30: To be a successful storyteller, one must include PIZZA

This is not a typical Sunday, when usually the family will drive the car to do grocery shopping or spend some time in a mall or in a park. Interestingly, we decided to do something environmentally friendly, riding our bikes to do groceries.

We rode a little more than 5K one trip and another 5K back home. A total 10K-bike riding is not bad to the just-pass-8-year old. Then in the afternoon, I sat alone in the small library area of the house, finished the book David and Goliath from Malcolm Gladwell.


I only had last few chapters left. One of the remaining cases is about Mike Reynolds and his three-strike movement. The entire book is mainly about the Inverted-U hypothesis. So is this case. The three-strike law was set to if someone commits a crime the third time, he or she could have a drastically increased sentence, say life-time sentence.

On the surface, it makes sense.

Unfortunately, in reality, it didn’t and it caused crime rate higher. The result was inverted, like the graph. The reason is, it is not because of the absence of law and order, in fact, it is because of too much law and order.

The criminology analysis and case studies are very interesting to read. Combined with a few other cases, the result is no surprise. It gets me thinking. Sometimes we give the kid three strikes. We have to discipline her, like eating properly, doing her homework, etc. She will become fuzzy, say she learn her lesson and never do it again, but next time, she will just do it again.

Conversation with the child

In the evening, I was sitting in the dinning room with her. She was eating the egg custard I made. Sometimes I made for her when she didn’t eat her dinner well, and she refused to eat again later. I enthusiastically told her the story, tried to explain what the intention of three-strike law was, and why it appeared to make sense in theory but backfired in real life. Also explored the possibility maybe at home we have too much disciplines on her.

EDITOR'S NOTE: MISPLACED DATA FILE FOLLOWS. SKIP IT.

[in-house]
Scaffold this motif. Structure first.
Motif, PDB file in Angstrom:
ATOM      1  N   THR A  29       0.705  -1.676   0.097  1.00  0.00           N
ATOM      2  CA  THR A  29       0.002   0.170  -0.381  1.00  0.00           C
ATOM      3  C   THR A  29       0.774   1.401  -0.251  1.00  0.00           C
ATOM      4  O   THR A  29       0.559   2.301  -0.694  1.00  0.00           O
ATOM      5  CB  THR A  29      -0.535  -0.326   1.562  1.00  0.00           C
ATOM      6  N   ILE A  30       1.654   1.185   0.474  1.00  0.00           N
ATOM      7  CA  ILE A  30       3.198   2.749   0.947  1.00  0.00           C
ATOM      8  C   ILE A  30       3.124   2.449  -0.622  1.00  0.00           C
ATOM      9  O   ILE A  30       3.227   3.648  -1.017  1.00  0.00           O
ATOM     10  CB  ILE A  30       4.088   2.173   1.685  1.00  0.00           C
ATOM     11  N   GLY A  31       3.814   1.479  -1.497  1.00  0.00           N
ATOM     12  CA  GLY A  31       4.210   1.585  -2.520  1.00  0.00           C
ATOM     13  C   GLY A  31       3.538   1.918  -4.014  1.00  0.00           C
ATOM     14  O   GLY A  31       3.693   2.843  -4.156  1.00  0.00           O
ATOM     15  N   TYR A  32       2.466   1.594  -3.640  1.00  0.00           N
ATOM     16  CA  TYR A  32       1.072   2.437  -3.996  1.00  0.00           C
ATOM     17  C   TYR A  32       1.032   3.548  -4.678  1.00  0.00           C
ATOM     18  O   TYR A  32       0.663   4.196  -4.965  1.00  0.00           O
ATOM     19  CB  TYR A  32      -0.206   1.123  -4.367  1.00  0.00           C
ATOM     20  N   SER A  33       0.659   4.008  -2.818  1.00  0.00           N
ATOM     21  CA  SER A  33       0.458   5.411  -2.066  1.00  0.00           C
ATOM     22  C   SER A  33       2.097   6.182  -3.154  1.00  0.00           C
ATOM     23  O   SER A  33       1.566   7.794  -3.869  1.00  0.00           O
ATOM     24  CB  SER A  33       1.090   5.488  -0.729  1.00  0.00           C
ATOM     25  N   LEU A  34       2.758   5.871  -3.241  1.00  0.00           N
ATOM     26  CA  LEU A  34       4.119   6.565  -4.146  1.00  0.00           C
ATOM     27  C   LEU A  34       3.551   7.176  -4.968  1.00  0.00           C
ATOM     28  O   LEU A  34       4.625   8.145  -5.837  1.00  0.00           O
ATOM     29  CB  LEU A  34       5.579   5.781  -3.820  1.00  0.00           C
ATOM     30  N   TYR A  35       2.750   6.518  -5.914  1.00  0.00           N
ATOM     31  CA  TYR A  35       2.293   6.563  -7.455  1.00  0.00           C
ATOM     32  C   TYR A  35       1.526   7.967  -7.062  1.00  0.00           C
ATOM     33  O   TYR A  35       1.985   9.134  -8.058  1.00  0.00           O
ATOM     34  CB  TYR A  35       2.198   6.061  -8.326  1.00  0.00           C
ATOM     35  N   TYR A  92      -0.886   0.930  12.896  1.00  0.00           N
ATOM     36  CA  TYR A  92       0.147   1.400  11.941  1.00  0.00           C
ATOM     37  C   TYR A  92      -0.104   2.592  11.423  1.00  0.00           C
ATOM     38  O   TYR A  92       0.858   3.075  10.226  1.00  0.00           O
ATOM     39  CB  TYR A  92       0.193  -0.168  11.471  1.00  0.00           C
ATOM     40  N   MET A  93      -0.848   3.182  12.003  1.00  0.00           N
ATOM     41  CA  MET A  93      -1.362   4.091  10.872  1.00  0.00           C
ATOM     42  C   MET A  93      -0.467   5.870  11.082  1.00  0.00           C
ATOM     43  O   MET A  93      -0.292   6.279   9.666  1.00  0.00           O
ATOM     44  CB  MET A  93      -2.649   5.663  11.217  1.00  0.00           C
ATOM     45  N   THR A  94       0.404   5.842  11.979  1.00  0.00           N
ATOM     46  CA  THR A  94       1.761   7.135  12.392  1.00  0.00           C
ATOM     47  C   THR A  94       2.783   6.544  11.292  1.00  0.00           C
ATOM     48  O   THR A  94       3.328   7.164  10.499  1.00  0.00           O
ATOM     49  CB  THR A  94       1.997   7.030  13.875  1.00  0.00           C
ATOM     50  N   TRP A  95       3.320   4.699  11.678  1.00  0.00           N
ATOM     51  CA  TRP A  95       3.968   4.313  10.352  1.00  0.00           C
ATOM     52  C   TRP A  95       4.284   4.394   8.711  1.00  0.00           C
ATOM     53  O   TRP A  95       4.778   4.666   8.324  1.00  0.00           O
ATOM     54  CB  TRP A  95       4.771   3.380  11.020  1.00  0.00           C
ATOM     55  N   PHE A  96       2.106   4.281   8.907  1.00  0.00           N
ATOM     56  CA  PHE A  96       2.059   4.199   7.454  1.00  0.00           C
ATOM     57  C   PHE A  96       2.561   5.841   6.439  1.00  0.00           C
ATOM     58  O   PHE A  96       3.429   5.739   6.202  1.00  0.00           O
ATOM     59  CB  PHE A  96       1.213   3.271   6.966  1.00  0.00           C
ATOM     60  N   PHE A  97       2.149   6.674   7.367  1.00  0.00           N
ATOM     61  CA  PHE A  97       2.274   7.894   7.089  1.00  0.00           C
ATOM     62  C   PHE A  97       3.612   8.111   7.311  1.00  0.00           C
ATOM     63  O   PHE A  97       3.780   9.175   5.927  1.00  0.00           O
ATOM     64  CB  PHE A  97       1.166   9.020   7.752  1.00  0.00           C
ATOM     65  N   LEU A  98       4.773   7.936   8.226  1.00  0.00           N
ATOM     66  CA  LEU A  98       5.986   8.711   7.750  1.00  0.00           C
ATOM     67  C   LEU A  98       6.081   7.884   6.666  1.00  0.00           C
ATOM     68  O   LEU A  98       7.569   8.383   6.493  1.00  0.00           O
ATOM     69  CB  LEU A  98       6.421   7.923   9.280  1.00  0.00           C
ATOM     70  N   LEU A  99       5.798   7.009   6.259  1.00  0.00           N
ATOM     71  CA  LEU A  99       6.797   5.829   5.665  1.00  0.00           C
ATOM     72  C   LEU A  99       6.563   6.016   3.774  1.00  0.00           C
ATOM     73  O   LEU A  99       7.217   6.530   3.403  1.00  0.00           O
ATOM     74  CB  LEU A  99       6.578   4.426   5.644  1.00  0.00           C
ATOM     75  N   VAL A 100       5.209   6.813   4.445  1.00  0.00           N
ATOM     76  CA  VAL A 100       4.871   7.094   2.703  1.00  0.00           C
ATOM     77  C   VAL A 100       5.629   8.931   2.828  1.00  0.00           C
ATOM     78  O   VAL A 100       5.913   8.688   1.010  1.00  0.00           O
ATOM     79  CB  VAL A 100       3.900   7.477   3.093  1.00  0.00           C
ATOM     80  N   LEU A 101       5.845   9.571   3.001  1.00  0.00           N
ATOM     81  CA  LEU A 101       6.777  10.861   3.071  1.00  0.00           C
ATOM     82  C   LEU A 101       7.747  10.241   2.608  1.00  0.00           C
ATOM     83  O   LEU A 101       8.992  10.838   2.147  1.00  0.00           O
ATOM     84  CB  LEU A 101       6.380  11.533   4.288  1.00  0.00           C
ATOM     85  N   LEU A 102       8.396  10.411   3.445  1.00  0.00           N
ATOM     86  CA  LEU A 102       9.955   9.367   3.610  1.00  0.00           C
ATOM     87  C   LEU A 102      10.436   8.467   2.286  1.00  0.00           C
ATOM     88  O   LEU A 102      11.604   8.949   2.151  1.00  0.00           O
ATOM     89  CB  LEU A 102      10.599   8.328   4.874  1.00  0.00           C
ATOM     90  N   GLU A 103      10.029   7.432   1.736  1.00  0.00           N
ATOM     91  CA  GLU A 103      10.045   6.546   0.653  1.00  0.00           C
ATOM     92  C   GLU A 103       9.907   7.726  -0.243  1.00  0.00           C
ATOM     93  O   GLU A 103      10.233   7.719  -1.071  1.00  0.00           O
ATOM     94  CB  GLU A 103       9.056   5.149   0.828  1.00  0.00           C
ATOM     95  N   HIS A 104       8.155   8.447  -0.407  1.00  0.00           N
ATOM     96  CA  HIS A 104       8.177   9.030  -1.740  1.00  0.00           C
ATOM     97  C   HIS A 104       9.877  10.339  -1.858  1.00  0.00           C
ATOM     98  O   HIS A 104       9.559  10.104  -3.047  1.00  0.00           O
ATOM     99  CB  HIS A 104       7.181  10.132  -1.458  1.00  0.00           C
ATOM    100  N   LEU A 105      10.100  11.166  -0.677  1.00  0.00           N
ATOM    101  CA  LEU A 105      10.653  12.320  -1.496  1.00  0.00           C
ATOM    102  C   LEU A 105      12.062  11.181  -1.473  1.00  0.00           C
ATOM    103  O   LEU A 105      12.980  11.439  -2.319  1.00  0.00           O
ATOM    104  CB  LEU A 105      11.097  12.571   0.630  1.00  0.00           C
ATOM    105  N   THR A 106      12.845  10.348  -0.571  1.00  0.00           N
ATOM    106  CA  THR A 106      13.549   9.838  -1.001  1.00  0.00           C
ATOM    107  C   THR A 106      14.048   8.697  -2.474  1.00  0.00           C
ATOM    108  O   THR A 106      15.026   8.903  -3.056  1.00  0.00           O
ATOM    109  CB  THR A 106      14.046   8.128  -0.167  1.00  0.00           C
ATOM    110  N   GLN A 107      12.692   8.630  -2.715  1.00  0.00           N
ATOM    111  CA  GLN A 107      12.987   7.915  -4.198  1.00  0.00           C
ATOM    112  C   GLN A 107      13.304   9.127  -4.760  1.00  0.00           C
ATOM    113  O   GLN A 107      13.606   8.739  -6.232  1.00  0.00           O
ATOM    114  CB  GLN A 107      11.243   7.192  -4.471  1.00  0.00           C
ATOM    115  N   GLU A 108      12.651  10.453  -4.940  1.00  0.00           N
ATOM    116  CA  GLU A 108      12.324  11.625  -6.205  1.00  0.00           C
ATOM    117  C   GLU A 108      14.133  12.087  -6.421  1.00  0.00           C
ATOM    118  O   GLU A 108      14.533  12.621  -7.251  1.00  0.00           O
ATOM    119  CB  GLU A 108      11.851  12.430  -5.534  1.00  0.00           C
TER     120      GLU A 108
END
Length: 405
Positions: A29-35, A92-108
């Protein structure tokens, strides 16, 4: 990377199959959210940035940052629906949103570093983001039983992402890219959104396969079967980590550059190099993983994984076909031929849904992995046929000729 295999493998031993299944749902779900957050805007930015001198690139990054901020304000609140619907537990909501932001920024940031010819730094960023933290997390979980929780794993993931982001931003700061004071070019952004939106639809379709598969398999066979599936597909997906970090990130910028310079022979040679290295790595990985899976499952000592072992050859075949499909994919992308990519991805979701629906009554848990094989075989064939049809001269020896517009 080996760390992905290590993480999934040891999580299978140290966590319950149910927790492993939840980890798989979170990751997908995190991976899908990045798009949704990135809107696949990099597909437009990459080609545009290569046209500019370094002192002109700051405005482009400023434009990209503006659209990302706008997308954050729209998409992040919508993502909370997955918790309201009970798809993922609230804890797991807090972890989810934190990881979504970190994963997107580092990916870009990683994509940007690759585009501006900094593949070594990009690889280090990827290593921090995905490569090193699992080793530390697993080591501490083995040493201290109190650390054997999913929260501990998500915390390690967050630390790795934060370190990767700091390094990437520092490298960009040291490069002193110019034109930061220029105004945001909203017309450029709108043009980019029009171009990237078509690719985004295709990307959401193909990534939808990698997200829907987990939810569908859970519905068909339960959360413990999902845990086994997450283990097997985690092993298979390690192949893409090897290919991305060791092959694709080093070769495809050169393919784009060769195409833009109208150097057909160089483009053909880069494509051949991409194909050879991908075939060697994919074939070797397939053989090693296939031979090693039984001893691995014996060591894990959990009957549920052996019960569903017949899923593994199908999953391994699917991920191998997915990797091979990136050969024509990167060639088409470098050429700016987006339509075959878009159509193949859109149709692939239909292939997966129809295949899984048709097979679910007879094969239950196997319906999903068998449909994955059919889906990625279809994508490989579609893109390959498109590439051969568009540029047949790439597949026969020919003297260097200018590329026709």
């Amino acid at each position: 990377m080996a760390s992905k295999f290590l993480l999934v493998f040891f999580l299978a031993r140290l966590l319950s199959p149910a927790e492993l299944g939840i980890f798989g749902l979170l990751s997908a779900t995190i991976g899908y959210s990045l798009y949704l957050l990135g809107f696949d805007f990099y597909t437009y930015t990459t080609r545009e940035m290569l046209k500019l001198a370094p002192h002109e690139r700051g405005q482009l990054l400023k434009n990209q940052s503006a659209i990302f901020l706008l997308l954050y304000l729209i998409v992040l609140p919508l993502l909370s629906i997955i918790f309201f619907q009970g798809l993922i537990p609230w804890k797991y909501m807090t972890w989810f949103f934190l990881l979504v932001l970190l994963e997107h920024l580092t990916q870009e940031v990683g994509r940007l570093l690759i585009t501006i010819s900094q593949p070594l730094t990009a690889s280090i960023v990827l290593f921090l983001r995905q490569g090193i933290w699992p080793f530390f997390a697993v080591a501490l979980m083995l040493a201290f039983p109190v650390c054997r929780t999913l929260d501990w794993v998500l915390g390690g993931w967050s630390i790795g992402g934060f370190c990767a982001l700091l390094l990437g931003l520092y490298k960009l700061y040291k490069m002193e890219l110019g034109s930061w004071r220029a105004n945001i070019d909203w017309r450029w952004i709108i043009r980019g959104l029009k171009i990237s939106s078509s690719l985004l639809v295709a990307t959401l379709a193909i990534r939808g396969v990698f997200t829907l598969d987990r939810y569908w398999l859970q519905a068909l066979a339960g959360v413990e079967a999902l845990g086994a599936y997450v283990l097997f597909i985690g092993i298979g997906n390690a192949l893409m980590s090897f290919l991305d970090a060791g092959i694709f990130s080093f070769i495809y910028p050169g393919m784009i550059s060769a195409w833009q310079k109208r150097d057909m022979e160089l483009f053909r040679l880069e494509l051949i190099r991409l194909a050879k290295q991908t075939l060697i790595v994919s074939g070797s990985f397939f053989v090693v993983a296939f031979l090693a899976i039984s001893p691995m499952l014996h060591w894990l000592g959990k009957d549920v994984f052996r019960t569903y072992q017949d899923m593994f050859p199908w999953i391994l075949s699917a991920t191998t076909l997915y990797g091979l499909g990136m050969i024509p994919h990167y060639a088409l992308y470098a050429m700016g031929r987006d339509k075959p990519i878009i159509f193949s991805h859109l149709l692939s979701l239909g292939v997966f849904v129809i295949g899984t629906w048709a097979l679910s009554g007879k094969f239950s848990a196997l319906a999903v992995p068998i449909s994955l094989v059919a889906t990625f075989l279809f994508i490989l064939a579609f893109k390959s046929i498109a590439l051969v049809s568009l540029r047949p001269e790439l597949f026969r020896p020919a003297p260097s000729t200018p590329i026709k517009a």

The whole conversation felt like I was completely alone and she was not even there.

Until the moment I was telling her the story about Jerry DeWayne Williams, who robbed a slice of pizza and sentenced 25 years in prison, because of the 3-strike law. Her eyes became wide opened, and she finally started responding:

– Wait, a slice of pizza?


– Why pizza?
– What kind of pizza?
– But it’s just pizza….

Followed by many other questions about pizza.

Miss Pizza is born

After the little one finally went to bed, I was writing this blog. I was emotional, I was sad, and I was feeling pathetic of myself. My passion about communicating with my daughter, my desire of sharing my understanding of the Invert-U hypothesis with her, and my motivation of setting up a better discipline at home all went to void…

Here comes Miss Pizza, a superhero who can save you from eating bad food.

I think the story will probably be about all sorts of different villains just like to damage the food people are eating, either making them impossible to eat or disgusting. Miss Pizza is a superhero with love and justice, she will fight those villains and bring us back the delicious food. Of course she has a friend: Sir Mac and Cheese and Little Ice Cream Cone sis.

Jeeze, my life is hopeless.

I don’t know why something begins so serious but ends up like this.